Compassion–It’s More Than A Feeling

“And he answered, “You shall love the Lord you God with all your heart, and with all your soul, and with all your strength and with all your mind; and your neighbor as yourself.”

“But a Samaritan, who was on a journey, came upon him; and when he saw him, he felt compassion.”
Luke 10: 27 and 33

In Luke 10, Jesus told the story of the Good Samaritan after someone asked him to define specifically what he meant when he said ‘neighbor’ in his statement about loving your neighbor as yourself. The story goes like this: A man was robbed, stripped, beaten severely and left to die. Before long a religious man came by, saw him and then passed by on the other side of the road to avoid him. Another religious man came by and did the same thing.

Finally, a man of Samaria came by. Jesus tells us that he felt compassion for the man; he bandaged his wounds, took him to get care, stayed with him overnight, and paid for his care.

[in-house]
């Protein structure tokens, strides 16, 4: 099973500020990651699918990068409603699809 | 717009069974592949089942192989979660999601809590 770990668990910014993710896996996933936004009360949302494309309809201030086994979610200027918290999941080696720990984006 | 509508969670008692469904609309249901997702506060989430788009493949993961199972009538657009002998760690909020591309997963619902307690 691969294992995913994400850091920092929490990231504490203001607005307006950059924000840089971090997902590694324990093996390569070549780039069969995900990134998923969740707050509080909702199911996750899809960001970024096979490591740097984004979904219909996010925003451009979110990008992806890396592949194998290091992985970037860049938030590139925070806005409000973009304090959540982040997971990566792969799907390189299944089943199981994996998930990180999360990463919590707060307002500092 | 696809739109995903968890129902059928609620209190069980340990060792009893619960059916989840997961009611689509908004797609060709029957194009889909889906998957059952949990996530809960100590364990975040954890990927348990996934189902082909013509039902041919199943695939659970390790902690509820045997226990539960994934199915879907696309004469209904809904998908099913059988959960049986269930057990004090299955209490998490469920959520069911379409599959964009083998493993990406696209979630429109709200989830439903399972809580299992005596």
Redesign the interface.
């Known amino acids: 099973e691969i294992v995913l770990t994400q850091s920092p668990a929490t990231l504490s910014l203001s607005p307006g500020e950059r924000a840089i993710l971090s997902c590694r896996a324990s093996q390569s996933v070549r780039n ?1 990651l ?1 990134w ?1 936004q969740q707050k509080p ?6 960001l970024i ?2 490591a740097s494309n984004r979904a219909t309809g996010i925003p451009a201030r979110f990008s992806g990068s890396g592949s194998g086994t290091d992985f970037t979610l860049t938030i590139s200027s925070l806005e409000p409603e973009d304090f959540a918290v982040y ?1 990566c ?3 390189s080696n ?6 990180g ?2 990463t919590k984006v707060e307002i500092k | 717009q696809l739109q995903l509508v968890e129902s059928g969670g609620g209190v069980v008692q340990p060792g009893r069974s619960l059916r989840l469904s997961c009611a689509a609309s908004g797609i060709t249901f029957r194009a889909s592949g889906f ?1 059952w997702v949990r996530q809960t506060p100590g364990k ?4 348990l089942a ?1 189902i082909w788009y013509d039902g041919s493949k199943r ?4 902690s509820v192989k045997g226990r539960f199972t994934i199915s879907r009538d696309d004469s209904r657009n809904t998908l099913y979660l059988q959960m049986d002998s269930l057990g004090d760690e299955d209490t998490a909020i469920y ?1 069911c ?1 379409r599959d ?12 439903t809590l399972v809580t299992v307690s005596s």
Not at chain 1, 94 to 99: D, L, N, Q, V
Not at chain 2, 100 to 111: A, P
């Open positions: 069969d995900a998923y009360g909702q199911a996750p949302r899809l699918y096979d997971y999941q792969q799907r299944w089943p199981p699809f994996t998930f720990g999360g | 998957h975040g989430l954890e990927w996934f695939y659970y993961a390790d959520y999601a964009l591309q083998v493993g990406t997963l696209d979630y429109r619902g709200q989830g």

This Samaritan felt compassion and proceeded to help this man as much as he could. He spent his time and money to help him. Notice that the feeling ‘compassion’ was followed by action. It didn’t matter that these men, under different circumstances may not have liked each other.

We show compassion by doing something. Listen to others and work to understand them, give an apology when it is called for, recognize that others have problems that aren’t shared with everyone, notice your own feelings and the feelings of others, stay far from gossip, and be friendly and helpful even when tired or carrying personal burdens.

The actions that accompany compassion can change your environment for the better whether it is at home, at work, or out shopping. We do not love our neighbor without being compassionate, and we cannot love God without loving our neighbor.

Father, show me who needs my compassion today. Help me to recognize the different ways I can make a difference to someone. Help me to be a blessing to those around me. Amen.